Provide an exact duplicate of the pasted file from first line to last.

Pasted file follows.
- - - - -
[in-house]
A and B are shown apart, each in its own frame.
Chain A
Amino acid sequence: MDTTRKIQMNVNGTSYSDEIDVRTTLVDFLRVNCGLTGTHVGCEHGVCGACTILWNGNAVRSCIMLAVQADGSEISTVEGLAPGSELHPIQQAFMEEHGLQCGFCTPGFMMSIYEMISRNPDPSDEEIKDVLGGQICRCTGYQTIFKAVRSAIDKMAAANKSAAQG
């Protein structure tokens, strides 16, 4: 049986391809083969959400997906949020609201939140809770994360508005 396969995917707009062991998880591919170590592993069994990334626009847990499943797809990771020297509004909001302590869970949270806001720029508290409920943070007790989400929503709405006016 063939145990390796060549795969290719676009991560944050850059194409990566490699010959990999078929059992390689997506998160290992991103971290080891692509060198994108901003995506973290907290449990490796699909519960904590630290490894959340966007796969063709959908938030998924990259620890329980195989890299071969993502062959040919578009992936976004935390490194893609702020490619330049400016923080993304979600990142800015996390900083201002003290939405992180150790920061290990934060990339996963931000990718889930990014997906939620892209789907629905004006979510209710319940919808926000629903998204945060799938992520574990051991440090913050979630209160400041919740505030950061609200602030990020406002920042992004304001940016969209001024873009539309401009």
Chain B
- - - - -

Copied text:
[in-house]
A and B are shown apart, each in its own frame.
Chain A
Amino acid sequence: MDTTRKIQMNVNGTSYSDEIDVRTTLVDFLRVNCGLTGTHVGCEHGVCGACTILWNGNAVRSCIMLAVQADGSEISTVEGLAPGSELHPIQQAFMEEHGLQCGFCTPGFMMSIYEMISRNPDPSDEEIKDVLGGQICRCTGYQTIFKAVRSAIDKMAAANKSAAQG
């Protein structure tokens, strides 16, 4: 049986391809083969959400997906949020609201939140809770994360508005 396969995917707009062991998880591919170590592993069994990334626009847990499943797809990771020297509004909001302590869970949270806001720029508290409920943070007790989400929503709405006016 063939145990390796060549795969290719676009991560944050850059194409990566490699010959990999078929059992390689997506998160290992991103971290080891692509060198994108901003995506973290907290449990490796699909519960904590630290490894959340966007796969063709959908938030998924990259620890329980195989890299071969993502062959040919578009992936976004935390490194893609702020490619330049400016923080993304979600990142800015996390900083201002003290939405992180150790920061290990934060990339996963931000990718889930990014997906939620892209789907629905004006979510209710319940919808926000629903998204945060799938992520574990051991440090913050979630209160400041919740505030950061609200602030990020406002920042992004304001940016969209001024873009539309401009």
Chain B